The same "philosophy" what was imposed upon in the beginning to urge people to read the original OPERA paper BEFORE they jump in into this discussion is also at work here. It means that the discussion must be based on something concrete, rather than something pluck out of thin air without any basis. Until the OPERA group publish clearly the post-mortem of the original result, you and I do not possess any kind of data or information to make an informed discussion of what actually happened. So how would such a discussion gives you a "better understanding"? A better understanding on how to make guesses?

Zz.
OK, I understand you are an experimentalist , if you think there is no room for informed discussion from the data published so far I'll take your word. Let's not waste more time. However curiously from your words you seem to think (correct me otherwise) we all must agree that the original Opera experiment is dead and buried and noone should have any doubt about it unless he or she is an imbecile, and that without having all the data to supposedly have an informed discussion according to you as an experimentalist.
Ilmrak
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Jun26-12, 04:15 AM
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Quote Quote by TrickyDicky View Post
So far I've obtained two different explanations to my query, one that the loose wire error is purely sistematic and fixed (74ns) and the other that it actually it is responsible for the broad variation of [itex]\delta[/itex]t in the first longer Opera experiment from 2008-2011.
Both answers are incompatible; as I said since the cable problem is considered a sistematic error I was thinking in terms of the first explanation, and with the reasonable assumption that neutrinos speed cannot oscillate so much in such a short distance (732km), I'm still missing something in the sense that the offered solution would work perfectly if the 60ns [itex]\delta[/itex]t was not just an average. Of course my concern is only directed to the original experiment, not to the recent brief short pulsed ones. But I think it is important given the uproar it generated to have it all well clarified.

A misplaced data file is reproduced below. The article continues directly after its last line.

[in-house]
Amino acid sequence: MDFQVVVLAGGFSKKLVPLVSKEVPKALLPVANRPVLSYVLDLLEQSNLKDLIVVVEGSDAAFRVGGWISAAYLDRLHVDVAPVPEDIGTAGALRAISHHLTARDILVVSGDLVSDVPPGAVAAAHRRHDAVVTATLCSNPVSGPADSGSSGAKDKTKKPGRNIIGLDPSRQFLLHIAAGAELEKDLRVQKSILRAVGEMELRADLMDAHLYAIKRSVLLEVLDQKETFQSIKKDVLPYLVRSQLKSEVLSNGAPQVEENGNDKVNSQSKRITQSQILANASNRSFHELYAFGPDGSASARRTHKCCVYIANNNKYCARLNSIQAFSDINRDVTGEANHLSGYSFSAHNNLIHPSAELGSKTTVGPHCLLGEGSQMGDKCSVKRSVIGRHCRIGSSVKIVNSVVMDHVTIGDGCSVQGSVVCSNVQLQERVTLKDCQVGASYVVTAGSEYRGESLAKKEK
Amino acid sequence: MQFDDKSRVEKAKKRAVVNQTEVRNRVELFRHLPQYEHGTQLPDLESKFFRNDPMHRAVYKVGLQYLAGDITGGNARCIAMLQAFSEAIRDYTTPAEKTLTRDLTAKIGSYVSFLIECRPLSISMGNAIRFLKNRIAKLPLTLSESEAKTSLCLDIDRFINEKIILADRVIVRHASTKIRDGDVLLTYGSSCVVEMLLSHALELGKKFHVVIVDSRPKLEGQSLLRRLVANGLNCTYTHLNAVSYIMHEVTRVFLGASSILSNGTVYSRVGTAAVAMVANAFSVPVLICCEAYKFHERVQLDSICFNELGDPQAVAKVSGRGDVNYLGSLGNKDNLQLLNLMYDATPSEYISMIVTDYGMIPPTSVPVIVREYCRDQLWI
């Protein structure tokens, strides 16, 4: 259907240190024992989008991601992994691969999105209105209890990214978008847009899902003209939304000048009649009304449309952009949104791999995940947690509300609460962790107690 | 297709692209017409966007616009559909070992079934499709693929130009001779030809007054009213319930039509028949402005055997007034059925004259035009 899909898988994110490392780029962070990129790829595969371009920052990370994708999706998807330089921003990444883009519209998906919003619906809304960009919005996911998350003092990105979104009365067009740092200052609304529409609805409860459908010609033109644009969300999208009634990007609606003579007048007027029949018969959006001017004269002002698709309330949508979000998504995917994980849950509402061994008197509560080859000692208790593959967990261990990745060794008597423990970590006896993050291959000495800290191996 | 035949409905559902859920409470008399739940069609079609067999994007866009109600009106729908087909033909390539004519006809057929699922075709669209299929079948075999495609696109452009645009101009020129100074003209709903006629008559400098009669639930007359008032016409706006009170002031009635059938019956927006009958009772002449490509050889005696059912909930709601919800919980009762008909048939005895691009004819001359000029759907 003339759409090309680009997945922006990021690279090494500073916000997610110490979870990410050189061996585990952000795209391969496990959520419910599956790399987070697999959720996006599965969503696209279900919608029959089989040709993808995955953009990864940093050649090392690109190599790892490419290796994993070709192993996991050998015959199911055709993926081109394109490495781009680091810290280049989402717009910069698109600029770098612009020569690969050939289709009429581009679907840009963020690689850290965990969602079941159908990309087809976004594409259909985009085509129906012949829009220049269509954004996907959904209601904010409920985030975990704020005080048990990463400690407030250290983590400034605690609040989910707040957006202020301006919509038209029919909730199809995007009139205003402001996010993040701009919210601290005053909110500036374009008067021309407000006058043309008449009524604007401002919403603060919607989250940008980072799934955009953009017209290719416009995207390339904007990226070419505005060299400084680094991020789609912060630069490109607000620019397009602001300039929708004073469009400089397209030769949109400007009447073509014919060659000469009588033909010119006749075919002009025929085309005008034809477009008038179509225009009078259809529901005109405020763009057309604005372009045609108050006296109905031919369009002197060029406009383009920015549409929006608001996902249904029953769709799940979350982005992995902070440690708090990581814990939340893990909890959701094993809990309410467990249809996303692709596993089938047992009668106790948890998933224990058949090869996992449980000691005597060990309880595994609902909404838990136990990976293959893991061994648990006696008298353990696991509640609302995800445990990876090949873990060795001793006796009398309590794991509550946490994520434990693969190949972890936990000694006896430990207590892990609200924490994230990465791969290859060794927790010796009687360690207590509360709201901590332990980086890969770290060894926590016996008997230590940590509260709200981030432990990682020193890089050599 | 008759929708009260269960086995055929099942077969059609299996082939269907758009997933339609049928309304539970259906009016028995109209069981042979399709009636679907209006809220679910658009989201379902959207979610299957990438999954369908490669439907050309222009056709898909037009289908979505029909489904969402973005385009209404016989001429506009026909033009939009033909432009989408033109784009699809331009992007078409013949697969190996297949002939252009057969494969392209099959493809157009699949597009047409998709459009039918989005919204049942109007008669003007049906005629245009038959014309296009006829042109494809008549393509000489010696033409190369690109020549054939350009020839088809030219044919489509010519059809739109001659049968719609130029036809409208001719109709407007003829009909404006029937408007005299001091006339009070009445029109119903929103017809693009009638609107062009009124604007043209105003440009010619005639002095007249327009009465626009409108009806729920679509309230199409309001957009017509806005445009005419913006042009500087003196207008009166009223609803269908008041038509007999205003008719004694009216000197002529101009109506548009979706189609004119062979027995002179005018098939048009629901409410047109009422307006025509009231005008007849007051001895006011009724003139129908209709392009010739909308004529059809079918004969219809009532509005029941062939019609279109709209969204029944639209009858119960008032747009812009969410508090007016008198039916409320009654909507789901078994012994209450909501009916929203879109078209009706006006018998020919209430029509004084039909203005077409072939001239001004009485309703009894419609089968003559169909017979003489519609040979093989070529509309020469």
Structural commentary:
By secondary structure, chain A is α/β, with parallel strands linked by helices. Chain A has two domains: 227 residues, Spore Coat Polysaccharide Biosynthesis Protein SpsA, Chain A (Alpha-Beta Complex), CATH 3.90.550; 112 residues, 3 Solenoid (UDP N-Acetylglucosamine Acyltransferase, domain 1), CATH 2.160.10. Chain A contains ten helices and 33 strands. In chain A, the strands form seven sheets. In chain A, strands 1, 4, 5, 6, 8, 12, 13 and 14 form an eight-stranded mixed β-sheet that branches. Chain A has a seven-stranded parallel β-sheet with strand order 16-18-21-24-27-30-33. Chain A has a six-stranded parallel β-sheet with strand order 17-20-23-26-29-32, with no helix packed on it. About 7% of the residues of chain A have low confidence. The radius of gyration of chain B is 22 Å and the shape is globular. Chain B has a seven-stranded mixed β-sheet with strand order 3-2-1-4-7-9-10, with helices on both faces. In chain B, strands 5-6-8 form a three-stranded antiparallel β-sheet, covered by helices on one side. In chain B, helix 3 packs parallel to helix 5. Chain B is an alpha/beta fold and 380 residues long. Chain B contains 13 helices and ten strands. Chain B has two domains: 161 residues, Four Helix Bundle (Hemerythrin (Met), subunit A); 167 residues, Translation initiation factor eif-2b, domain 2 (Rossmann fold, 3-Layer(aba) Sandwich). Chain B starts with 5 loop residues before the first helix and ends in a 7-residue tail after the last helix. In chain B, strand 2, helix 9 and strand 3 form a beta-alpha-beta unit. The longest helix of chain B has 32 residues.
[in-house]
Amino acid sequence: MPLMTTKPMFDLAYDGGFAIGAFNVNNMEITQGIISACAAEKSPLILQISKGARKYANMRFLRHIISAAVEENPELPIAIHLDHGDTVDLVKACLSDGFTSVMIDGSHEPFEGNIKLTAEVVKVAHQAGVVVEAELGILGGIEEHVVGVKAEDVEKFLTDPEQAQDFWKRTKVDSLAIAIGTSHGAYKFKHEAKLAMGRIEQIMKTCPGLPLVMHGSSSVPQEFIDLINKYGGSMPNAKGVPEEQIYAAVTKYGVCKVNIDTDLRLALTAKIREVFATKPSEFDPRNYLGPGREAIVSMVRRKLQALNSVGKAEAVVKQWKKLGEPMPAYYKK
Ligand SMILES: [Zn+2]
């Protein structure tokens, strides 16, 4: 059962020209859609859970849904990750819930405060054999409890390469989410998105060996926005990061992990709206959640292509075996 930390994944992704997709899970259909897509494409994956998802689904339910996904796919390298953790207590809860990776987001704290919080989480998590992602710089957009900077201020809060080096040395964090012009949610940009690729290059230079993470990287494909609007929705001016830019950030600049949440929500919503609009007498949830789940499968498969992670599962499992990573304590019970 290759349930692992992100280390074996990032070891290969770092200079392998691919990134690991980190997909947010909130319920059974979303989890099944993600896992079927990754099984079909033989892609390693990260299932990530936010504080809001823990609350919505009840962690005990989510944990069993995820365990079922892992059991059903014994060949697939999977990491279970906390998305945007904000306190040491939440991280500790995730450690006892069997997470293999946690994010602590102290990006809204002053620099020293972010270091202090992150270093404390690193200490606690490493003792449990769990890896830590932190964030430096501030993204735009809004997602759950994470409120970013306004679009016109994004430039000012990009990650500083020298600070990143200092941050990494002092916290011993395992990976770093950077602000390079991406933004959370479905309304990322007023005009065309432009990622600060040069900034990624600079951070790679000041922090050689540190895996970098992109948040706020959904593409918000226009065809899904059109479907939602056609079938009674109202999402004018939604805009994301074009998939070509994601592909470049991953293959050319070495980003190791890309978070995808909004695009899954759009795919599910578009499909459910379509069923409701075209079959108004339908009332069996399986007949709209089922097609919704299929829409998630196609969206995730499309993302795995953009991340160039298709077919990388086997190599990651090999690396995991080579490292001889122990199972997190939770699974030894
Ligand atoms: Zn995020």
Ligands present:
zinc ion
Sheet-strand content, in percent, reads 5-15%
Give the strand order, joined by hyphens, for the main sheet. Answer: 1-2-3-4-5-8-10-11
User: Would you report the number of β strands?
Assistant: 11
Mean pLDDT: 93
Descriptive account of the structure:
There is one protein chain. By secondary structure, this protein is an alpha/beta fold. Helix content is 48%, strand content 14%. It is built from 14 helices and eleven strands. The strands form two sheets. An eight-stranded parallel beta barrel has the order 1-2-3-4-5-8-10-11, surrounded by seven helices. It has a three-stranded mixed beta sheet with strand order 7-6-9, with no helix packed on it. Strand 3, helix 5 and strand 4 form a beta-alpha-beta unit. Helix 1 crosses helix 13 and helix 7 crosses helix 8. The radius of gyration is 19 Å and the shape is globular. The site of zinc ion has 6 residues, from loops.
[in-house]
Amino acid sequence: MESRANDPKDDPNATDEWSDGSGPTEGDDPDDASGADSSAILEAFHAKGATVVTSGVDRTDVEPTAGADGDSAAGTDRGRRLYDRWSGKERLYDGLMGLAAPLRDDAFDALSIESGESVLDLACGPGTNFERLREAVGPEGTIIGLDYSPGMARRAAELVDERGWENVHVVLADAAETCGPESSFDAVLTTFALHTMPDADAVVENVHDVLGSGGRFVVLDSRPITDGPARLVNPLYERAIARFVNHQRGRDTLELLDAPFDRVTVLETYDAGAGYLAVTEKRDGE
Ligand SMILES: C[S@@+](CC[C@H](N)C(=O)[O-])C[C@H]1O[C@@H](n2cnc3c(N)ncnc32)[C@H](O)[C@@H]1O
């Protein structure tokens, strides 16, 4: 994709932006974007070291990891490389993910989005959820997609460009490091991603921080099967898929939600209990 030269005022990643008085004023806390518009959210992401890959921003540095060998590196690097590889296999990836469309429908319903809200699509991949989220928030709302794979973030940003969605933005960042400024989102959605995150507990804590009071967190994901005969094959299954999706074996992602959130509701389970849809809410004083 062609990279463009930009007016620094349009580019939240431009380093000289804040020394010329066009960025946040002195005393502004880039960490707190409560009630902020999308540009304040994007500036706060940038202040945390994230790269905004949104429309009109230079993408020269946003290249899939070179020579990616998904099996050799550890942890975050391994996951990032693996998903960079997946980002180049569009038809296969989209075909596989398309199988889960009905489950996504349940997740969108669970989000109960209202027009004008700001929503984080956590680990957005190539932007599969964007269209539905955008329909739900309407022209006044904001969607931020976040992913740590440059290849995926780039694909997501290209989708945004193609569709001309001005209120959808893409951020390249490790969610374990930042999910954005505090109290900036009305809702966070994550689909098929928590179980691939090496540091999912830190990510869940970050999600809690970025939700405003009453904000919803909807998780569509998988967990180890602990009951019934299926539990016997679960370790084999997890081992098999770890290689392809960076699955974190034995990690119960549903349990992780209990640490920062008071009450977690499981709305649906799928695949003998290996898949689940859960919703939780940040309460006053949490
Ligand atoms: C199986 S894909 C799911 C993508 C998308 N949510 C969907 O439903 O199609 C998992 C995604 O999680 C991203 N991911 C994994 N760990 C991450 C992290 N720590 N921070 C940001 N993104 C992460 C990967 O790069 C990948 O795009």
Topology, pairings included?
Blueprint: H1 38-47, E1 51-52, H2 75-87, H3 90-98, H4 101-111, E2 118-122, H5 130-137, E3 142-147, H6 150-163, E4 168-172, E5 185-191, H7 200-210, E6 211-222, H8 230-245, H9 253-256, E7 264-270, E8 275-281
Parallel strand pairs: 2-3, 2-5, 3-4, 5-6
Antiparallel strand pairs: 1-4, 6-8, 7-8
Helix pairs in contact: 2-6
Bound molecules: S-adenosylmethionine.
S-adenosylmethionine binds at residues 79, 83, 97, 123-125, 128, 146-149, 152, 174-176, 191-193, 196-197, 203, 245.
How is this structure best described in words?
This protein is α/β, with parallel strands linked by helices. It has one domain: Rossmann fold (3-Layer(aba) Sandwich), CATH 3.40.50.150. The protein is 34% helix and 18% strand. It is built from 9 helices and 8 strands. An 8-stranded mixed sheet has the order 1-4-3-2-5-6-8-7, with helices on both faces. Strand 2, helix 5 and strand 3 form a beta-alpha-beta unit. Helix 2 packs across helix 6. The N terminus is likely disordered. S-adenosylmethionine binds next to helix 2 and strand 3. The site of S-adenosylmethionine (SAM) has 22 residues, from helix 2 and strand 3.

I think your question has been misunderstood here. Let me try to interpret it, correct me if I'm wrong.

I read your question like “How could there be such a wide distribution in arrival times of neutrinos? Is it due to the loosing cable?”

If this was your question, then the answer is that the loosing cable caused (mainly) a systematic error which shifted the time distribution without deforming it significantly.
This mean that the variance of the time distribution is still there when you fix the cable. It is due mainly to three contributions (to my knowledge): a difference in neutrinos velocity, that is though negligible; a difference in the path followed (they are not created and received all in the same starting and ending points); other experimental errors.

I hope this could help.

Sorry for the bad English,

Ilm
mfb
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Jun26-12, 12:02 PM
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The wide time distribution in the original publication has a simple explanation: The proton beams used to produce the neutrinos were long (~10µs if I remember correctly). Timing was not the main purpose of the experiment, just something which could be done in addition to the mixing measurements. After timing became interesting, they used short pulses (2ns?), as they are better to measure the flight time.

The 60ns were obtained by comparing the proton distribution (in time) with the neutrino distribution. Compared to the speed of light, a shift (but no broadening of relevant size) between the two was observed.